Jan 27, 2014
Nanotube NEMS controls electron-phonon coupling
Researchers at the Weizmann Institute of Science in Israel and the Freie Universitat Berlin have created a new nanomechanical system that allows them to control and study one of the most fundamental couplings in physics – that between electrons and phonons. Their system consists of an ultraclean carbon nanotube mechanical resonator along which single or double quantum dots can be formed at random positions, a setup that allows them to vary how electrons and phonons couple along the nanotube. The devices can be used to investigate basic condensed matter states and nanoscale mechanics in hitherto inaccessible systems.
"Electron-phonon coupling underpins some of the most important states of matter (such as superconductivity and ferroelectricity) and is notoriously difficult to control," explains team member Avishai Benyamini. “In nature, this coupling is predetermined by the parameters of a given material and can only be modified slightly. On the other hand, in our nanotube devices we can control both mechanical and electronic properties, something that allows us to modify the electron-phonon coupling at will.”
The researchers made their devices from small-bandgap carbon nanotubes suspended between pairs of metallic contacts above a series of gate electrodes. By tuning the voltages on these gates, they were able to create potential wells (or quantum dots) for electrons at different positions along the nanotube, which allowed them to choose exactly where the electrons were confined.
“This control over the electrostatic potential is key for engineering the forces acting on the electrons and consequently their coupling to the mechanical motion of the suspended nanotube,” explains Benyamini. “By varying the locations of the electrons with gate voltages, we shape the electrostatic forces that act on the mechanical resonator.”
When an electron is confined to a specific position along the tube above a gate, an electrostatic force pulls it downwards towards this gate, pulling the entire nanotube along with it, just like a ball on a spring pulled by gravity towards the ground, he continues. “However, unlike the force of gravity, where the pull on the ball is not linked to its height, in our nanotube devices the electron is pulled more strongly the closer it is to the gate. This force gradient acts in the opposite direction to the elastic restoring force of the suspended nanotube, so effectively behaving as an 'anti-spring' that tries to push the ball away from its equilibrium position. This mechanism softens the overall spring constant of the system and is a direct manifestation of the coupling between the electronic and mechanical forces at play."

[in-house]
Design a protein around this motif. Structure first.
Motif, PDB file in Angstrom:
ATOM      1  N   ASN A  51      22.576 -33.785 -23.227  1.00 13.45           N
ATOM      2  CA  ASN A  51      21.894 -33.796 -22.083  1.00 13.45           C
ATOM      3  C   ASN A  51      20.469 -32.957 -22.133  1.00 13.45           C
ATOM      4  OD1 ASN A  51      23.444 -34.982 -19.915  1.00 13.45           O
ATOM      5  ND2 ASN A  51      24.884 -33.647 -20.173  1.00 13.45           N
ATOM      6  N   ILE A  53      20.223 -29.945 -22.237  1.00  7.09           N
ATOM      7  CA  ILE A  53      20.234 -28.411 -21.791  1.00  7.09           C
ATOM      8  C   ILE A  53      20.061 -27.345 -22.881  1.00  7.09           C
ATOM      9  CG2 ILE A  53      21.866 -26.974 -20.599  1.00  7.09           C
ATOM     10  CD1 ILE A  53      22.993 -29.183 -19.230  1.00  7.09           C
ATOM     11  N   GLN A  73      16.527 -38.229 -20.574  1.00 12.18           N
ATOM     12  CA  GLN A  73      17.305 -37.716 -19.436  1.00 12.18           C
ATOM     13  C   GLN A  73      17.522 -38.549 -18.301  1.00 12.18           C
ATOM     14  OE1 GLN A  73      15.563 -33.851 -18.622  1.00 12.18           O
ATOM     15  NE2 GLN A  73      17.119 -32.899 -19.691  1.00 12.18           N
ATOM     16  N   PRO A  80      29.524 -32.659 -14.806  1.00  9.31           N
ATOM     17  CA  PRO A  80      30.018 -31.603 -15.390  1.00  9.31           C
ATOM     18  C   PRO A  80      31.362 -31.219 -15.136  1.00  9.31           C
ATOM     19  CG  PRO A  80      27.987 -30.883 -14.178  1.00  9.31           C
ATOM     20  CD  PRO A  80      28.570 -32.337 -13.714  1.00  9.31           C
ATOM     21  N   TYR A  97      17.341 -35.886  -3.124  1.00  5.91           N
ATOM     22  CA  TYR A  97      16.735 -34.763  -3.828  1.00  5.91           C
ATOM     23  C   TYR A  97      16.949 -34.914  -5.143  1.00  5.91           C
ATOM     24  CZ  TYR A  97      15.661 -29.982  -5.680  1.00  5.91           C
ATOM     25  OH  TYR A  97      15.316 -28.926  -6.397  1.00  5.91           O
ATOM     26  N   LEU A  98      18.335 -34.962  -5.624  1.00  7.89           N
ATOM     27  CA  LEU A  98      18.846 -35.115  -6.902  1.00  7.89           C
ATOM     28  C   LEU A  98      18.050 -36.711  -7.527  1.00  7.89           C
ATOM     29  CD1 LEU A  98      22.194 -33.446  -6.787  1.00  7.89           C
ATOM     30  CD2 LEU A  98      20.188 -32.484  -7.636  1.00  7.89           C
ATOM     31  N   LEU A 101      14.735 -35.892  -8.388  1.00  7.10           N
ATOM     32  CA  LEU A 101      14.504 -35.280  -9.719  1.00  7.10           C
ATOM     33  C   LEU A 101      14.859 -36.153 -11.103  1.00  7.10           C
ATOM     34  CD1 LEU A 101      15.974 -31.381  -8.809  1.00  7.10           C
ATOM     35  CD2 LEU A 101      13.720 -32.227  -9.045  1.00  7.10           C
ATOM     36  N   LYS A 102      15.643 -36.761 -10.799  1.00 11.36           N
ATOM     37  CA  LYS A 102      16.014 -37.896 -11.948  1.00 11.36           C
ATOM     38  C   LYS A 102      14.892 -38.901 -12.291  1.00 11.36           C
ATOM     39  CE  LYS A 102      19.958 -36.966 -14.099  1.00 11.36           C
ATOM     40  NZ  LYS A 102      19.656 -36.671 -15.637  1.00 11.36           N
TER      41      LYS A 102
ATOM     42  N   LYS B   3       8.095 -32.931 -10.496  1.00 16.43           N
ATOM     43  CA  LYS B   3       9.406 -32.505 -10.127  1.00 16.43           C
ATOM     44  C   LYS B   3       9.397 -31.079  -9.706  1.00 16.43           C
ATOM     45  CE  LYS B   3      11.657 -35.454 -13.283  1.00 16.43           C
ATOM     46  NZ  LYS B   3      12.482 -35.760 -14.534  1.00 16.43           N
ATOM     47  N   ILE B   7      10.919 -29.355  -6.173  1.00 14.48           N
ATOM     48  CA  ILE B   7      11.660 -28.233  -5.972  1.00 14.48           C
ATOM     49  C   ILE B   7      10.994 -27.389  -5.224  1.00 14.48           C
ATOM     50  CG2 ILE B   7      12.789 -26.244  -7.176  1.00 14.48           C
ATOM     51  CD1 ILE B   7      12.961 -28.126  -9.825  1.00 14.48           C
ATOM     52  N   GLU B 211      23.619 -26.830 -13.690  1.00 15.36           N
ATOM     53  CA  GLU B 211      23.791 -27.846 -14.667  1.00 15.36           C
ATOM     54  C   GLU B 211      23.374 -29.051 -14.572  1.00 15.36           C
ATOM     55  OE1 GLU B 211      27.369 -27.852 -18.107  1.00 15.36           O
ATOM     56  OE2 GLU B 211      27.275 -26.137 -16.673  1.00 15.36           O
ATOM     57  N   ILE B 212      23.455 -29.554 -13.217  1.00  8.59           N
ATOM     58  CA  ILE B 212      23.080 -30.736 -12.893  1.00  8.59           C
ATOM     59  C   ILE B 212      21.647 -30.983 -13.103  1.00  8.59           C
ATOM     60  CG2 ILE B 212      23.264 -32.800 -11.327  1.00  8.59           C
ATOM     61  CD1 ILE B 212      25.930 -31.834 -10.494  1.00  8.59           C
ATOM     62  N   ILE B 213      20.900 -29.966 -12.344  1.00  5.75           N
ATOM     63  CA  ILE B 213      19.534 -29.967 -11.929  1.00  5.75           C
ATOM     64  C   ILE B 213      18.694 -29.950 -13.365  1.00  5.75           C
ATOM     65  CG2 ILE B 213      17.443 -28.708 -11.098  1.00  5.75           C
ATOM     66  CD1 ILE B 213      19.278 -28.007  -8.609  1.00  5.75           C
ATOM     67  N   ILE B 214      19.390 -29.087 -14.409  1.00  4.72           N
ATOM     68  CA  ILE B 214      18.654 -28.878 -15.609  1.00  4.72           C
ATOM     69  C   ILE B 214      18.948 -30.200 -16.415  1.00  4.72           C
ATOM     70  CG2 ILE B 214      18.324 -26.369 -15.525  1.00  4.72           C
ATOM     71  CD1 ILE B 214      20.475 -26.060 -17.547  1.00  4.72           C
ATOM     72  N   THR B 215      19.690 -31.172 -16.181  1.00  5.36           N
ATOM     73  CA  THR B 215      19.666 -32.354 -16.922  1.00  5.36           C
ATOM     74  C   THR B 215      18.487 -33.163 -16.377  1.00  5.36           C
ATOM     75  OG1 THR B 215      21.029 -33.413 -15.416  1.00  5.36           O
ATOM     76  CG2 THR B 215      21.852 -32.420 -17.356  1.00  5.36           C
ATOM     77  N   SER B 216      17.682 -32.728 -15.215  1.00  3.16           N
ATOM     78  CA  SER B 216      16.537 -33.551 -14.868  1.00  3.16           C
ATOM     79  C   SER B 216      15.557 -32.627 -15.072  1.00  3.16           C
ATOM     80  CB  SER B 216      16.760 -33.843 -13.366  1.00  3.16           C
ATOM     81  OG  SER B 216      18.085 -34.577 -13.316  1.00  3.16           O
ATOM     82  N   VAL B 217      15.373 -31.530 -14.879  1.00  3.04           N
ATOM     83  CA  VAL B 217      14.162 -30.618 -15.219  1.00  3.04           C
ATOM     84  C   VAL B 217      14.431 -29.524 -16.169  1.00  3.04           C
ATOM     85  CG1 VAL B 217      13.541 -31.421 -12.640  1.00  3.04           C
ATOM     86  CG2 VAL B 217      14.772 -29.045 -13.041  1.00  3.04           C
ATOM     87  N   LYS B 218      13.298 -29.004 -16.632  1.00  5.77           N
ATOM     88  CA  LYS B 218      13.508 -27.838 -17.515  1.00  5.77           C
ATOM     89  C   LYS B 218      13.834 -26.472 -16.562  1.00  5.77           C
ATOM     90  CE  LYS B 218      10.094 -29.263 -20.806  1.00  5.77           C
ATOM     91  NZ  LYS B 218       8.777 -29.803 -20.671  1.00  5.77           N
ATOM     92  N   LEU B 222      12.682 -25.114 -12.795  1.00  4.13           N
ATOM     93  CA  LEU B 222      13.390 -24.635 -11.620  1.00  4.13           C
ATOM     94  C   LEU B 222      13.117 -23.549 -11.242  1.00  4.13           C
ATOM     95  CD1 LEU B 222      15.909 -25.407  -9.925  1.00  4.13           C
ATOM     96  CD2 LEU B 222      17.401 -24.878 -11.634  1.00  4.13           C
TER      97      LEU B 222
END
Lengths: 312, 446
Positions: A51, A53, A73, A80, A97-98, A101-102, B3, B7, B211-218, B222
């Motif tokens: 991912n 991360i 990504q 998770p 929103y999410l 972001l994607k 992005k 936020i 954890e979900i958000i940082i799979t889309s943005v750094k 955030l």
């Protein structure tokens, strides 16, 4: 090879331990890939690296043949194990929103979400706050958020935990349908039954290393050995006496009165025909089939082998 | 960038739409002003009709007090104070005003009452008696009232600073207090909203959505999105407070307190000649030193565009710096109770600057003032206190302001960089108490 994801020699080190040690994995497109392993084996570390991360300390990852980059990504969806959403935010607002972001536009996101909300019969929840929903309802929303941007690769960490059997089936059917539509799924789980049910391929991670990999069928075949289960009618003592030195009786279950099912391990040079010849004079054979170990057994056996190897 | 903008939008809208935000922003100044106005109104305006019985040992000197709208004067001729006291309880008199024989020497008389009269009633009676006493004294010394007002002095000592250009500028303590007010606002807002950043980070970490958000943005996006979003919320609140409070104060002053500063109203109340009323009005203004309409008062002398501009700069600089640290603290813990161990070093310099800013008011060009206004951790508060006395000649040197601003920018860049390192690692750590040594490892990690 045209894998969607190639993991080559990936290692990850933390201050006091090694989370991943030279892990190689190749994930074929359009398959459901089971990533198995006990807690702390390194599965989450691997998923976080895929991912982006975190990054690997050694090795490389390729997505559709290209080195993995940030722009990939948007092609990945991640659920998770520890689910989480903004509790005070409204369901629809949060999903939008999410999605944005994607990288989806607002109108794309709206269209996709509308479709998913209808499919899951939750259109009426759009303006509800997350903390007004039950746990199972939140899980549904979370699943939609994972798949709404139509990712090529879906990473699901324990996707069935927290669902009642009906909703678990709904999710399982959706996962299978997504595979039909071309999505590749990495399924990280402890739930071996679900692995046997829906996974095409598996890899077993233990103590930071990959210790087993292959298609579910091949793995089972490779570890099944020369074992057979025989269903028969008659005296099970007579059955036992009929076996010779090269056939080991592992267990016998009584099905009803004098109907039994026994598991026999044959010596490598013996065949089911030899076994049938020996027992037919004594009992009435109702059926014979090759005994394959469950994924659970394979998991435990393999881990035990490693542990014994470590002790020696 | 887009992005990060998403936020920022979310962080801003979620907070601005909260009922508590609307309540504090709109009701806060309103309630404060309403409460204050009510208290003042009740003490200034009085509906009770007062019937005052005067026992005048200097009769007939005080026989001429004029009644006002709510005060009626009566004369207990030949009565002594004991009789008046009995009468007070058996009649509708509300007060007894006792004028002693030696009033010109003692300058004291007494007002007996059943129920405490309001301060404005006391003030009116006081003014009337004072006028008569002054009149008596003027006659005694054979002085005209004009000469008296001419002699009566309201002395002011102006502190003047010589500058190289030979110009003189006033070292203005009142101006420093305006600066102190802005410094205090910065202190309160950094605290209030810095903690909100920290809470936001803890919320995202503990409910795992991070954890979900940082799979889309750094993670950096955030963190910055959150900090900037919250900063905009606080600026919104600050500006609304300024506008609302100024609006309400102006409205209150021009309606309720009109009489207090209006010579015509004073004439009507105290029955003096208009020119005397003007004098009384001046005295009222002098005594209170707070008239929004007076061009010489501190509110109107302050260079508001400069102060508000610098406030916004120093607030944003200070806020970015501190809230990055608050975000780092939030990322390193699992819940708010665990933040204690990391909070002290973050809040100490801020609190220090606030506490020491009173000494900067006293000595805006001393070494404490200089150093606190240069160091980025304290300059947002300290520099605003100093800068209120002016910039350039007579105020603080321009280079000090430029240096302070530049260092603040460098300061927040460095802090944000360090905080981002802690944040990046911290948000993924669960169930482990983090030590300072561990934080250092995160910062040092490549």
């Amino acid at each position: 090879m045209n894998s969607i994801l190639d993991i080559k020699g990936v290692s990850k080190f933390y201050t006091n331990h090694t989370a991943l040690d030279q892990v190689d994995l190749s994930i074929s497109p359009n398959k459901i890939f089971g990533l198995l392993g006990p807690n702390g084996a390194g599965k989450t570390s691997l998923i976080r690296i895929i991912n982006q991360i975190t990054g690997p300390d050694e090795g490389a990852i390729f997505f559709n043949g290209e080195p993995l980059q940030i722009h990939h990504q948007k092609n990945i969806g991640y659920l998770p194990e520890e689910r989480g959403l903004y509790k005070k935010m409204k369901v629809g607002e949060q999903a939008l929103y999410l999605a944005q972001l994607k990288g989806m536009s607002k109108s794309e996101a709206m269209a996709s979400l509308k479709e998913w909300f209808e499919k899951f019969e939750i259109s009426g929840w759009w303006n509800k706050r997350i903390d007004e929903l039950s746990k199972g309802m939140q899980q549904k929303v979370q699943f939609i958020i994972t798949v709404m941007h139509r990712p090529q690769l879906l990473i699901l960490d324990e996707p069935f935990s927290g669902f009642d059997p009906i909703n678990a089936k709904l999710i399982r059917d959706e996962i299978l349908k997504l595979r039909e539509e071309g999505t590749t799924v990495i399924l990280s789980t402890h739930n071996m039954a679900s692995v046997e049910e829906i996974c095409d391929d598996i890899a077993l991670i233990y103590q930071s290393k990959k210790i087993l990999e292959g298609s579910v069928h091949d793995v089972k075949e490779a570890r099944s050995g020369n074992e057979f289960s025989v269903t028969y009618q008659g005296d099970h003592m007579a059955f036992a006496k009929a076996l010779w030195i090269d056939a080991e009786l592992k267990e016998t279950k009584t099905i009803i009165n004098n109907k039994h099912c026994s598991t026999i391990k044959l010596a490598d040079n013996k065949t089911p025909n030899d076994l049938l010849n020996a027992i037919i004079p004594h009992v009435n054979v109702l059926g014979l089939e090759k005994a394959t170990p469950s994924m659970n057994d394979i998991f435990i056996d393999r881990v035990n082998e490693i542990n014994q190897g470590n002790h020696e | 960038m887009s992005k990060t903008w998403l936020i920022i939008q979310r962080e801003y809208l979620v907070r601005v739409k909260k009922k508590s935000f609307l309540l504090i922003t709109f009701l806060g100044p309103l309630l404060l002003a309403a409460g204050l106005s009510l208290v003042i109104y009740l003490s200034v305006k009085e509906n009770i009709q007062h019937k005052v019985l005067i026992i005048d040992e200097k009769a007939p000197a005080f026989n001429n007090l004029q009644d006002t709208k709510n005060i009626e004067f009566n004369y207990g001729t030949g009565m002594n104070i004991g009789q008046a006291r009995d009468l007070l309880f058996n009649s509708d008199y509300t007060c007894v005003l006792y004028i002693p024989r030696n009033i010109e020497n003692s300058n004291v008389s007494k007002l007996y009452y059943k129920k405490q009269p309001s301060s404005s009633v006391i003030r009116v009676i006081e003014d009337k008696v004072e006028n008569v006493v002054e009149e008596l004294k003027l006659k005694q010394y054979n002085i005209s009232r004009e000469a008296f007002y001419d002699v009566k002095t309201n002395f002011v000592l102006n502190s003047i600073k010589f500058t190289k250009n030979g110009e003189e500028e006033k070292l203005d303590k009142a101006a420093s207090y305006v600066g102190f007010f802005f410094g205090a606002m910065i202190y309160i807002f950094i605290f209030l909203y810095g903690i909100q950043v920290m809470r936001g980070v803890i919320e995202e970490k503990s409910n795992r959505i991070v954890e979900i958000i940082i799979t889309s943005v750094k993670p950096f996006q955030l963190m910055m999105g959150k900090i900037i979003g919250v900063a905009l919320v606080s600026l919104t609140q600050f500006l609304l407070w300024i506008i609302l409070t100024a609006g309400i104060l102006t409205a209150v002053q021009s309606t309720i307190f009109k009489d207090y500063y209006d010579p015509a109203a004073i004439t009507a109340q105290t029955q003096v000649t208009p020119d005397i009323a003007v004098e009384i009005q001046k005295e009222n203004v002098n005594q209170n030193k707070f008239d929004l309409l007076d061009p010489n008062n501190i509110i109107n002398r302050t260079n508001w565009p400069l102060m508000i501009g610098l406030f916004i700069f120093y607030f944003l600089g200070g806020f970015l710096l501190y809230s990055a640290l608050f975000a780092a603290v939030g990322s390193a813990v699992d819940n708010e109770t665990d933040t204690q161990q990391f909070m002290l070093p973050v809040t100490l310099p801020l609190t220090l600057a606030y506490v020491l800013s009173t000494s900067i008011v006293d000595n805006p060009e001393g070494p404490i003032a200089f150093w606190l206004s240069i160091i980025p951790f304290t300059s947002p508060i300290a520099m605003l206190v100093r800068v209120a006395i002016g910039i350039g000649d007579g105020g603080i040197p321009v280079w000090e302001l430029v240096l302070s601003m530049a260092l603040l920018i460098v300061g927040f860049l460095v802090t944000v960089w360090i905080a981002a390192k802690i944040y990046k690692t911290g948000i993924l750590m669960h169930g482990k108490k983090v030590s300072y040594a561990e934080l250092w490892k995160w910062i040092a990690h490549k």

Switching coupling on and off
This coupling is analogous to the electron-phonon coupling in more conventional solids but with the added feature that the researchers can engineer where the field gradients are located, and thus tailor electron coupling to the mechanical motion of the resonator. "For example, we can switch off this coupling by confining the electrons to a position where the nanotube no longer vibrates – so that it is at the so-called nodal point of the phonon's wavefunction. However, if we place the electrons at a position where the nanotubes vibrates at its maximum (or at its antinode), the coupling between electrons and phonons will be strongest,” Benyamini told nanotechweb.org.
The technique provides a new way to manipulate mechanical systems both classically and quantum mechanically, he added. “Electron-phonon interactions are crucial in a variety of fundamental solid-state phenomena and being able to tune them should prove useful for studying condensed matter states such as ferroelectricity, Peierls and Jahn-Teller instabilities, and superconductivity in engineered environments not found in nature.”
The research is detailed in Nature Physics doi:10.1038/nphys2842.
A piano for electrons in a carbon nanotube (Sep 2013)
Putting a new spin on nanotubes (Mar 2008)
New nanotube SET images buried crystal domains (Nov 2013)
Wigner molecule appears in carbon nanotube (Aug 2013)
About the author
Belle Dumé is contributing editor at nanotechweb.org